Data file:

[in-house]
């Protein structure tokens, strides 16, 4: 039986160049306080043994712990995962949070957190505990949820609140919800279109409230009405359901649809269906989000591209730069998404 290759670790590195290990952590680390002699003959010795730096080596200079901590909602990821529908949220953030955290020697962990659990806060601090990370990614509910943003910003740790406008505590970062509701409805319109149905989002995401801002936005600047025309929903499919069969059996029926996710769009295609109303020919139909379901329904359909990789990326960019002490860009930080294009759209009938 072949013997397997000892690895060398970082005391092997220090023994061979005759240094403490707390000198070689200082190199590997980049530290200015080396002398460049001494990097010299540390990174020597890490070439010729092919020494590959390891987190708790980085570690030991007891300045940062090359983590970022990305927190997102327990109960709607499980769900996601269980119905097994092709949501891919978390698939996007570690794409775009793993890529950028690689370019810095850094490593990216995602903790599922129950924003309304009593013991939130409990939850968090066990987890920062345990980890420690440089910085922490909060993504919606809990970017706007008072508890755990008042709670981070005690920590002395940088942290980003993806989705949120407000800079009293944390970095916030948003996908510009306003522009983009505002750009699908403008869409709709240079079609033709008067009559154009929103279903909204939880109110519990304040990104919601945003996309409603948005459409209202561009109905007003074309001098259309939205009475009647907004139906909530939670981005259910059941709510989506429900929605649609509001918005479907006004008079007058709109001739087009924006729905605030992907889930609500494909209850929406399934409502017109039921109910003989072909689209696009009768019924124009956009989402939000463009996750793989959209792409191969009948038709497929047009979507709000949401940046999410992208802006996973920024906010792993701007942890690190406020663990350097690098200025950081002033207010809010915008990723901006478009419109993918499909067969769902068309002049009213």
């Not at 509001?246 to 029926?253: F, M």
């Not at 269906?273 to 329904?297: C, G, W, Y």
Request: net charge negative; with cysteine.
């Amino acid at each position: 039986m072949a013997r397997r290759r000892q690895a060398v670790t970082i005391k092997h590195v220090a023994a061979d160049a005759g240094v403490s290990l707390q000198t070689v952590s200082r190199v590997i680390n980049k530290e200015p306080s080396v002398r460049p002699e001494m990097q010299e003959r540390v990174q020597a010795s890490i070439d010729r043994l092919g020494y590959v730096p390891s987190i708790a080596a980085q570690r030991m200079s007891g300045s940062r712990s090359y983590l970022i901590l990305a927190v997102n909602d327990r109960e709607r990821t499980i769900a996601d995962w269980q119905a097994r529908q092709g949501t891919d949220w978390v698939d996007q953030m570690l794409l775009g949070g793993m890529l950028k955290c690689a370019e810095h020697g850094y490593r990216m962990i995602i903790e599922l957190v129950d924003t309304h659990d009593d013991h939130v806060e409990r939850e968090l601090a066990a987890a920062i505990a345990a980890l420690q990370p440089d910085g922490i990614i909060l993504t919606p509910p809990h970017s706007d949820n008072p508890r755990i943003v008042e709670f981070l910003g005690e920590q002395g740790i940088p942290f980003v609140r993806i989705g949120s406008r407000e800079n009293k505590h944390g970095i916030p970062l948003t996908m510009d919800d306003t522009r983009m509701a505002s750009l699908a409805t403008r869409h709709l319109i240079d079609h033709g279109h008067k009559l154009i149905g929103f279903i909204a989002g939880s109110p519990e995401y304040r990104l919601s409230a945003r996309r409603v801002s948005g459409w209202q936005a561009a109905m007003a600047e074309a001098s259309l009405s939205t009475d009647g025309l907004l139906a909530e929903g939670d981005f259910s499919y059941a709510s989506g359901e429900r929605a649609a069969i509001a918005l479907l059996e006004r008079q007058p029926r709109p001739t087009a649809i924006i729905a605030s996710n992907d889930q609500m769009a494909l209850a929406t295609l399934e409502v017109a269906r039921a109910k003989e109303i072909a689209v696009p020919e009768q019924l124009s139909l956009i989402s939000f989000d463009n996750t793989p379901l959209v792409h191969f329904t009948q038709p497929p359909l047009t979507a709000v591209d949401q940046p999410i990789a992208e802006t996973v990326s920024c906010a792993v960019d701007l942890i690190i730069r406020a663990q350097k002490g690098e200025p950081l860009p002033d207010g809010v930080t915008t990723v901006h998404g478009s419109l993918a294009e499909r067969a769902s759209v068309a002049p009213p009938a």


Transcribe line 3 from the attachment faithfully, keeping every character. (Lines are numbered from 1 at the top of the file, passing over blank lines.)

């Not at 509001?246 to 029926?253: F, M």